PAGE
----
51WHr is actually larger in size than the 13-inch Zenbook and that gets pretty close to 7 hours.

      Also, I’m not sure what’s going on with the battery life differences between various Core chips. There is indeed some difference even with light load. However, its nowhere as big as Vizio’s site suggests. So that one will have to be verified in a review.

      Hope Chippy does one!

      • Chippy

        Me too! Am in contact with Vizio to get a review sample in.
        Chippy.

  • Adam

    The i5 is already only $949?!? …. Sooo tempted..

    Adam

  • vjachi

    Looking it from the side only I find similarity with Samsung series 9?

  • pz59

    Keyboard looks very bad. No way for a professional use.

  • MP

    Looks great except for the keyboard

  • anthonyx26

    These are two awesome entry machines forUB upstart Vizio. Wish they had an 11 or 13″ model.

    Lack of backlit keyboard is a big oversight in my book. Keyboard itself perhaps iffy. Lack of SSD card slot, not so big a deal for me anyway. But pricing is great and they look very sharp.

    But it will be nice once UB OEMs start installing displays worthy of competing against MBA Retina displays.

    There used to be a day when Windows PCs could pi$$ and sh1t all over Apple hardware in the spec department. PC OEMs really need to step up their game if they don’t want this to be an all Mac world.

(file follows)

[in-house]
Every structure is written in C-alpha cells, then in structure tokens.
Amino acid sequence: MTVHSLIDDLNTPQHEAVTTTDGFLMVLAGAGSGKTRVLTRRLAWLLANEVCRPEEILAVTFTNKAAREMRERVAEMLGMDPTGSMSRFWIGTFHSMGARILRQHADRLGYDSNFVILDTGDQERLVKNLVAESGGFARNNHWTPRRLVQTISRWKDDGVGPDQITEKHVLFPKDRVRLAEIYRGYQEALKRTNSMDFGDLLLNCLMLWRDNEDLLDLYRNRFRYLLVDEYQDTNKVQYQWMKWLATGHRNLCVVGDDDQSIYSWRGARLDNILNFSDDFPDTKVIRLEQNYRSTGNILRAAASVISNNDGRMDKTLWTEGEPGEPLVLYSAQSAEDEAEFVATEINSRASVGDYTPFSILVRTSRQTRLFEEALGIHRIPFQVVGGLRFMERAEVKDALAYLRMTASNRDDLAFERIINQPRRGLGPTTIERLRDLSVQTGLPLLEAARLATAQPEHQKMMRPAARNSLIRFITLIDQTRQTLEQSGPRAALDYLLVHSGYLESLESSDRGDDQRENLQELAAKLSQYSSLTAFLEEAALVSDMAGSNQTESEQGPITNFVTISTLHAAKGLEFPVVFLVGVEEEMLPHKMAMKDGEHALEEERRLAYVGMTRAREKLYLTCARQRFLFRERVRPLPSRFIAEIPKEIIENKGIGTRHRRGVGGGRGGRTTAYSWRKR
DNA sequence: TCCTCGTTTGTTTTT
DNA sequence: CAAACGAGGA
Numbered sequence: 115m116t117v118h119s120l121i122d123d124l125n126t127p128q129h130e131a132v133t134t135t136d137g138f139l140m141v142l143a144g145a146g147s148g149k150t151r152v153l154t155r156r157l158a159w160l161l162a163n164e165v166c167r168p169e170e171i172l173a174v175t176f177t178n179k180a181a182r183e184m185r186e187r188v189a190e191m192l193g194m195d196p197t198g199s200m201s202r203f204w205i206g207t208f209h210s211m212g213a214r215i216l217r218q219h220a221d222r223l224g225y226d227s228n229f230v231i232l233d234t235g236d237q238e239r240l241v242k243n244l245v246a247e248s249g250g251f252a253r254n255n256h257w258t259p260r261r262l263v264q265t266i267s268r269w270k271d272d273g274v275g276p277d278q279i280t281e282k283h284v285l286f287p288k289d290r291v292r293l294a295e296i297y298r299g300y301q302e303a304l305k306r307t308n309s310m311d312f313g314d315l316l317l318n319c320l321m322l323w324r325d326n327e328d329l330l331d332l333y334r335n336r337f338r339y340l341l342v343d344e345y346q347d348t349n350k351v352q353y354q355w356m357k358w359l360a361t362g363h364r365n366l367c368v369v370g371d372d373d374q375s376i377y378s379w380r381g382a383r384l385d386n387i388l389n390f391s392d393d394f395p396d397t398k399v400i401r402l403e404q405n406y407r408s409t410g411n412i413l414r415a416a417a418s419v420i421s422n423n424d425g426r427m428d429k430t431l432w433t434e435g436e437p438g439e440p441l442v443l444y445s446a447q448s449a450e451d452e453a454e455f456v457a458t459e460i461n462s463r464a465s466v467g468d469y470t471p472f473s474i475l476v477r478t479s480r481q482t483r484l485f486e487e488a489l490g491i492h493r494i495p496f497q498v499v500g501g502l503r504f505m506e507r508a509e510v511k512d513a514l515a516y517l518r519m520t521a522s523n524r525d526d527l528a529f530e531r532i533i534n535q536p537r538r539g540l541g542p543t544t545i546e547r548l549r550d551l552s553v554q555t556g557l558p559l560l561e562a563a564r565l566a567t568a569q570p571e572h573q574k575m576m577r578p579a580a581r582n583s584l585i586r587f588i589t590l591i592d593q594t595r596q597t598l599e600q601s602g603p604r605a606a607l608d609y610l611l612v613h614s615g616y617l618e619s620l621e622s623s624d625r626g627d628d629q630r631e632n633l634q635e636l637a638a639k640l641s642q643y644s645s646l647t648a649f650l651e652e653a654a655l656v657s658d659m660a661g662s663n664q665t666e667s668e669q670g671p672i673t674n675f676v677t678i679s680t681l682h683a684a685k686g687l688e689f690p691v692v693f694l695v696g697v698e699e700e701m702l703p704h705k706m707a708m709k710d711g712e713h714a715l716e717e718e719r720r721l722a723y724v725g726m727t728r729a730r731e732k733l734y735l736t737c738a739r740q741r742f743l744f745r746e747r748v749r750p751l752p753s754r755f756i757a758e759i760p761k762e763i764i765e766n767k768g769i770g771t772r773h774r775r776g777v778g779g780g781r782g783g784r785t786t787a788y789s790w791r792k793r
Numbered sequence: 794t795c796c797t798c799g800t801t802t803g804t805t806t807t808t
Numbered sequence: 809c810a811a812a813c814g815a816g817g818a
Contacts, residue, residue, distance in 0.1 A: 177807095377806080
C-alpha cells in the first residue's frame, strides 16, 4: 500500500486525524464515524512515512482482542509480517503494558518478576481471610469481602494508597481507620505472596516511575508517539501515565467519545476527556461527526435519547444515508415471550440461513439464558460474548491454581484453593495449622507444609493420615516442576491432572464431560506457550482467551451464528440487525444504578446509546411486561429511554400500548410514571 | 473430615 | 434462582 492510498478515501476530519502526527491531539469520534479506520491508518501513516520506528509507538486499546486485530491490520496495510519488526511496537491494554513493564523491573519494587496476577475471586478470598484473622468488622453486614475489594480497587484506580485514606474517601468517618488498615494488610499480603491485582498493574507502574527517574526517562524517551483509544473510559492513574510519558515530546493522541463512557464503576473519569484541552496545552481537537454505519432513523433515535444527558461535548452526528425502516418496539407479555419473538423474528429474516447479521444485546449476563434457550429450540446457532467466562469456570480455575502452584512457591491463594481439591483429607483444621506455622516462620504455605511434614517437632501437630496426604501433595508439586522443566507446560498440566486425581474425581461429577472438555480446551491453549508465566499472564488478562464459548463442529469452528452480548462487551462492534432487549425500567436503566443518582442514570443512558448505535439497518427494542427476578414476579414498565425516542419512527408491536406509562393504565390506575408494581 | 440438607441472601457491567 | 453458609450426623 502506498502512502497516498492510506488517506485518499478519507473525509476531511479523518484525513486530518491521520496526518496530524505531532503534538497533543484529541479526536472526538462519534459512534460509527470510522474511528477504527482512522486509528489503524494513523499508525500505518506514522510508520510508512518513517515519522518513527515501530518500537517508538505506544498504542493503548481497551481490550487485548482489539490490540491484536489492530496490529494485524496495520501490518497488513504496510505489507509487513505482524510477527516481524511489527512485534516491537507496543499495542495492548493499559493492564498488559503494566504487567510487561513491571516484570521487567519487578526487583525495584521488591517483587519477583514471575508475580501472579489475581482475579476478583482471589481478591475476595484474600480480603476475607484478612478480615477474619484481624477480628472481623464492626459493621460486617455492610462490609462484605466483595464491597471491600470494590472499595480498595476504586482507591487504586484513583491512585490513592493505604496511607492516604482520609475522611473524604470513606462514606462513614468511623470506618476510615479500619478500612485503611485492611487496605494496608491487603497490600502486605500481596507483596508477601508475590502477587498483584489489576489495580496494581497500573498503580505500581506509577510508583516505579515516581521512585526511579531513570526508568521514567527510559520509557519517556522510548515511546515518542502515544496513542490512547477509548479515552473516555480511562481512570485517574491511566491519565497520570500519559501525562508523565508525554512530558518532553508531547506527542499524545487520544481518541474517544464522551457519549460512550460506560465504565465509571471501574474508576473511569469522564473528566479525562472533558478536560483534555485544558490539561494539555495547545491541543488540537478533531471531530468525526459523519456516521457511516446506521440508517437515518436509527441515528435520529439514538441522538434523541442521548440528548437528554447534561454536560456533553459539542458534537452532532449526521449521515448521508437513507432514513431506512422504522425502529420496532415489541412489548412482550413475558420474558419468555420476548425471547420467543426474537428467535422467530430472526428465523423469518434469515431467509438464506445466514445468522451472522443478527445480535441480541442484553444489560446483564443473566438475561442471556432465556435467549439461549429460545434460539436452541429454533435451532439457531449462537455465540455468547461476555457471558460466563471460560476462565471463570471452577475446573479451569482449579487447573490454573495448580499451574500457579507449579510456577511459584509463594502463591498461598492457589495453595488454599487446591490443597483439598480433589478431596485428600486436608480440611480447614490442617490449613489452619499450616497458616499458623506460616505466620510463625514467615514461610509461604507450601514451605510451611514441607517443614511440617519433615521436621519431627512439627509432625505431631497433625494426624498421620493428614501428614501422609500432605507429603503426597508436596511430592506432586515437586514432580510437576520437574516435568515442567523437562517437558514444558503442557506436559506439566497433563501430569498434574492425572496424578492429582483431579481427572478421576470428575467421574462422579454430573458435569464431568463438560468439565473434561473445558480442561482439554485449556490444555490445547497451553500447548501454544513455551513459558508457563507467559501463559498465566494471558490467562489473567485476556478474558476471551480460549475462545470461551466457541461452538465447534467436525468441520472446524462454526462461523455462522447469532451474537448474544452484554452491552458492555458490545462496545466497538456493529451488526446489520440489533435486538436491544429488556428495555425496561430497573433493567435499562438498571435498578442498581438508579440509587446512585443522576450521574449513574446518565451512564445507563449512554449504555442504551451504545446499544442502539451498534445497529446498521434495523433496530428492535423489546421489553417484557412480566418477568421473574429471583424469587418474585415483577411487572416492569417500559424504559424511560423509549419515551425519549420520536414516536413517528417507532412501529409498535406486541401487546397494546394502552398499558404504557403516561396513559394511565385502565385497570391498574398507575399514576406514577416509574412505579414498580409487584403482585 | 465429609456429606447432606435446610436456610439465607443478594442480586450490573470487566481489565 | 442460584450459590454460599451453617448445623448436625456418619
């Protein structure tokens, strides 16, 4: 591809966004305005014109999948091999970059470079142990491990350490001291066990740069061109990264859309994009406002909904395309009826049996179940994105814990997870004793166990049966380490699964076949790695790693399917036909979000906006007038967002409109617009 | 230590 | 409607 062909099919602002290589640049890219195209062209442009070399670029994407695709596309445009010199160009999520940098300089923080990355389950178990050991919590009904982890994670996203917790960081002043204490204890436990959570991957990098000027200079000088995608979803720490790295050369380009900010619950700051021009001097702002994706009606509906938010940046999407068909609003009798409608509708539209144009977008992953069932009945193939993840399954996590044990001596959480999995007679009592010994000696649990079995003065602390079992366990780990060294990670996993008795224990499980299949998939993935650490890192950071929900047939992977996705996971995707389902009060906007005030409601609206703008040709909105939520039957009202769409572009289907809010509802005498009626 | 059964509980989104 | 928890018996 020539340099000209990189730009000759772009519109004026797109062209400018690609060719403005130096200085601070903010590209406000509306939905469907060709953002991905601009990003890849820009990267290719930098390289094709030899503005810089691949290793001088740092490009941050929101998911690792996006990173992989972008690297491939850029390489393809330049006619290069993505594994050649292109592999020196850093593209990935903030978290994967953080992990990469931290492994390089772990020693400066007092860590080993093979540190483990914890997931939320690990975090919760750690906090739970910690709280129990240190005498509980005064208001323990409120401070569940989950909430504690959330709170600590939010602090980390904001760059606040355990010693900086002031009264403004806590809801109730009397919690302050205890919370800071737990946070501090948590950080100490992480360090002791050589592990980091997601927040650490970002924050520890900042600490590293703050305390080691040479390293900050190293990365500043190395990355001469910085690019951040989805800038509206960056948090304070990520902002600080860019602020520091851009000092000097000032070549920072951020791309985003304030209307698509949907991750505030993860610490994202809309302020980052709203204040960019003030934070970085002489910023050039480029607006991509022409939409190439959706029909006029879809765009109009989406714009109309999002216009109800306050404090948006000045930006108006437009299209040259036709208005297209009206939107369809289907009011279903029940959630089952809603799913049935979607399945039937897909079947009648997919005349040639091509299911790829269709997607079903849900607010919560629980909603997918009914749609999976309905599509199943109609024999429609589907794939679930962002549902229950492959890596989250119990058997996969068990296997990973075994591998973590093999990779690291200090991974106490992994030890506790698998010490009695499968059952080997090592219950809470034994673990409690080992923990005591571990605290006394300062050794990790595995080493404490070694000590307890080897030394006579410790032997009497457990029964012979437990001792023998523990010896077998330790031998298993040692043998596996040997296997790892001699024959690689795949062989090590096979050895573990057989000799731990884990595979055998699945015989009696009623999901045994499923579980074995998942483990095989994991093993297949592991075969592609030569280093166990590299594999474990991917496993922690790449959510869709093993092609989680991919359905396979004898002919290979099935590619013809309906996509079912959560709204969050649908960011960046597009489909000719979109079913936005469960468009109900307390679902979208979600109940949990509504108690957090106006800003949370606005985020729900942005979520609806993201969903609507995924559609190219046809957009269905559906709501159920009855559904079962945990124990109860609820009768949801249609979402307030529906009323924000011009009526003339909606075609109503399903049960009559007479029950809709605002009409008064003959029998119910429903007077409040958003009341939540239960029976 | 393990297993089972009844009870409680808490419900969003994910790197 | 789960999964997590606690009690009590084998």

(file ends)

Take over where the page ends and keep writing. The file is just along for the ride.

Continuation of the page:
In short, this is a good start for Vizio…make me an 11″ model with backlit keyboard and better display and I’m in.

  • anthonyx26

    oh, and a thunderbolt port would be a nice bonus

  • anthonyx26

    Sorry, I meant MB_P_ Retina displays

  • Pingback: Vizio annonce la disponibilit√© de ses ultrabooks en pr√©commande aux US  blogeee.net()

  • jack

    Nice laptop but the keyboard functionality is crap! Tiny up/down arrow keys, no dedicated page up/down, huge buttons on the sides that could have been smaller to make room for arrow keys, page up/down.

    This laptop may work well for casual usage, but if you’re trying to do any real work on it, the lack of keys will hinder your efficiency!

    Please Vizio if you’re reading this – fix your keyboard layout! Take a look at the Samsung 9 ultrabook keyboard layout for clues on how to do make a decent one.

    I was going to buy at least 2 of the 15.6″ notebooks until I saw the hideous and unusable keyboard.

  • I just checked one out at the Windows store in my area and it looks great. While the keyboard seems like it would be difficult to use, I found it easier to type on than the new Samsung Series 9.

  • Tom S

    Is this still a good choice for a laptop for office use?

Trending UMPCs

Lenovo ThinkPad P40
14.0" Intel Core i7 5500U
Acer Aspire E11 ES1
11.6" Intel Celeron N2840
Asus E202
11.6" Intel Pentium N3700
HP Spectre x2
12.0" Intel Core m3 6Y30
Lenovo Ideapad Flex 10
10.1" Intel Celeron N2806
HP Pro Slate 8
7.9" Qualcomm Snapdragon 800
HP Pavilion X2 10
10.1" Intel Atom Z3745
Teclast x2 pro
11.6" Intel Core M 5Y10c
Acer Aspire Switch 10
10.1" Intel Atom Z3745
Lenovo Thinkpad Yoga 260
12.5" Intel Core i3 6100U

Recommended Reading